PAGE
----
The city’s plan to rebuild a $200 million park in a residential neighbourhood is at risk of being undermined by an escalation of park-building work by a private firm and its owner, the Globe and Mail has learned.
The City of Winnipeg is set to announce an $80 million contract with the private firm, Deep Blue Park Development, to create a new park, located in the same area as the old one.
It’s an escalation in work that could threaten the survival of the park.
The city has been working with Deep Blue for years to install new lighting and landscaping to bring its existing parks back to life.
But that work is now in jeopardy because the park’s owner, Deep Purple Development, has decided to pursue a larger, more costly contract.
The city is also seeking advice from its parks and recreation committee on how to proceed.
The council has already approved a $10 million contract for the park, but the city is still working out the details of a new contract.
In a letter to the council, Deep Green CEO Scott Ransom said the park will need more money to get it back on its feet, especially after a contract with Deep Purple expired.
Deep Purple has already received $1.4 million in new park funding from the city, but Ransom fears that will be a drop in the bucket compared with the $40 million that the city’s parks and youth program is spending on park renovations.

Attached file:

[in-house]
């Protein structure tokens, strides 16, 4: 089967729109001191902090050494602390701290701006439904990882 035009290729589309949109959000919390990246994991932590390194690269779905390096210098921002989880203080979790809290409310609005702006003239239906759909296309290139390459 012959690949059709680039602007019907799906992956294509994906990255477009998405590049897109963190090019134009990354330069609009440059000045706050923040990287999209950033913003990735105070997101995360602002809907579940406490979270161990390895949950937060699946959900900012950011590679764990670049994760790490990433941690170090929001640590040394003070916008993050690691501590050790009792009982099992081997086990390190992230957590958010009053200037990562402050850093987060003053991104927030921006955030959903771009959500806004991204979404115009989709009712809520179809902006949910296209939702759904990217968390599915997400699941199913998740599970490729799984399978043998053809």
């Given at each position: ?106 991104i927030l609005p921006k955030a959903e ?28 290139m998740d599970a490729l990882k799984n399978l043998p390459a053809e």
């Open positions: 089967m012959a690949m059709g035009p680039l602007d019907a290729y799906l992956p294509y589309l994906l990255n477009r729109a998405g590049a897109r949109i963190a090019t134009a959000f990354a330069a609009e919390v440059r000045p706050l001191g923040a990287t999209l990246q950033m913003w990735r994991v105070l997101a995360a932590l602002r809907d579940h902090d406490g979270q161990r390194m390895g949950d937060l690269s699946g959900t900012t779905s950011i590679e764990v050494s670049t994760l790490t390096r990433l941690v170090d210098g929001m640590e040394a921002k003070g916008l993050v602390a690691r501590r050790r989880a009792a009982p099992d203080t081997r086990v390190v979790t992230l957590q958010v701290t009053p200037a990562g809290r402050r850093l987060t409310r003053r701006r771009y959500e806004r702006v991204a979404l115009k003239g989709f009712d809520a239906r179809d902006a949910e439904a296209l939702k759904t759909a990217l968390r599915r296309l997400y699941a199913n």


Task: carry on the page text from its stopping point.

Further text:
Ransom said that if the city and the park agency can’t reach a contract soon, it would likely not be able to maintain the park for the duration of the project.
“This is a new kind of conflict, and it’s going to come up a lot,” Ransom told the council.
The park was originally slated to open in 2019, but Deep Purple plans to have the park opened later than that because of ongoing renovations to the park itself, Ransom added.
The council is expected to vote next week on whether to approve the park-funding proposal and if the park board will be asked to approve it.
Deep Purple has been hired by the city to complete renovations to its existing park and to create new parks, including a large new green space and a new playground.
In the meantime, the park authority is planning to spend $2 million to renovate its current park.
Kristina Anderson, who represents the area, said the council should act quickly to prevent further escalation of work in the city park.
“We need to make sure that the park is able to stay alive,” Anderson said.
R.C. Brown, a former mayor of Winnipeg and now a professor at the University of Manitoba, said he believes Deep Purple’s expansion of the downtown area could lead to an increase in park construction, but he also thinks the city should be cautious about spending money on the project until it is confident that it has a contract in place.
“The best solution is to have an agreement with the park,” he said.